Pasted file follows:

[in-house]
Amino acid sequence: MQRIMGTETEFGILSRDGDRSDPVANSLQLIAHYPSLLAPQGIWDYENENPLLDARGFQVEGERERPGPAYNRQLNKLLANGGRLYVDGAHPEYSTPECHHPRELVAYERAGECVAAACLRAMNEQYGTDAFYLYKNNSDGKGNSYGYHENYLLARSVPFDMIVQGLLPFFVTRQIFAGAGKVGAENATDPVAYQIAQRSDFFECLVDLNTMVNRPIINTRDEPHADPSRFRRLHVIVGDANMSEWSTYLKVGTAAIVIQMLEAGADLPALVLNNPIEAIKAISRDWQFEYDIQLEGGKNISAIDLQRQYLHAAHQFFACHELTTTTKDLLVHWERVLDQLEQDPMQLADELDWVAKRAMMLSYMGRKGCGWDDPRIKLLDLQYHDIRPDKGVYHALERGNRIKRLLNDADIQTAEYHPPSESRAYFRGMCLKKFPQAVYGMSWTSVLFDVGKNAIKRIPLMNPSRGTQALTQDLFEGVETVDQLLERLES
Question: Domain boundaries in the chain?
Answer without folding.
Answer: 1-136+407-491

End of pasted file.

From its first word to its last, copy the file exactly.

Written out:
[in-house]
Amino acid sequence: MQRIMGTETEFGILSRDGDRSDPVANSLQLIAHYPSLLAPQGIWDYENENPLLDARGFQVEGERERPGPAYNRQLNKLLANGGRLYVDGAHPEYSTPECHHPRELVAYERAGECVAAACLRAMNEQYGTDAFYLYKNNSDGKGNSYGYHENYLLARSVPFDMIVQGLLPFFVTRQIFAGAGKVGAENATDPVAYQIAQRSDFFECLVDLNTMVNRPIINTRDEPHADPSRFRRLHVIVGDANMSEWSTYLKVGTAAIVIQMLEAGADLPALVLNNPIEAIKAISRDWQFEYDIQLEGGKNISAIDLQRQYLHAAHQFFACHELTTTTKDLLVHWERVLDQLEQDPMQLADELDWVAKRAMMLSYMGRKGCGWDDPRIKLLDLQYHDIRPDKGVYHALERGNRIKRLLNDADIQTAEYHPPSESRAYFRGMCLKKFPQAVYGMSWTSVLFDVGKNAIKRIPLMNPSRGTQALTQDLFEGVETVDQLLERLES
Question: Domain boundaries in the chain?
Answer without folding.
Answer: 1-136+407-491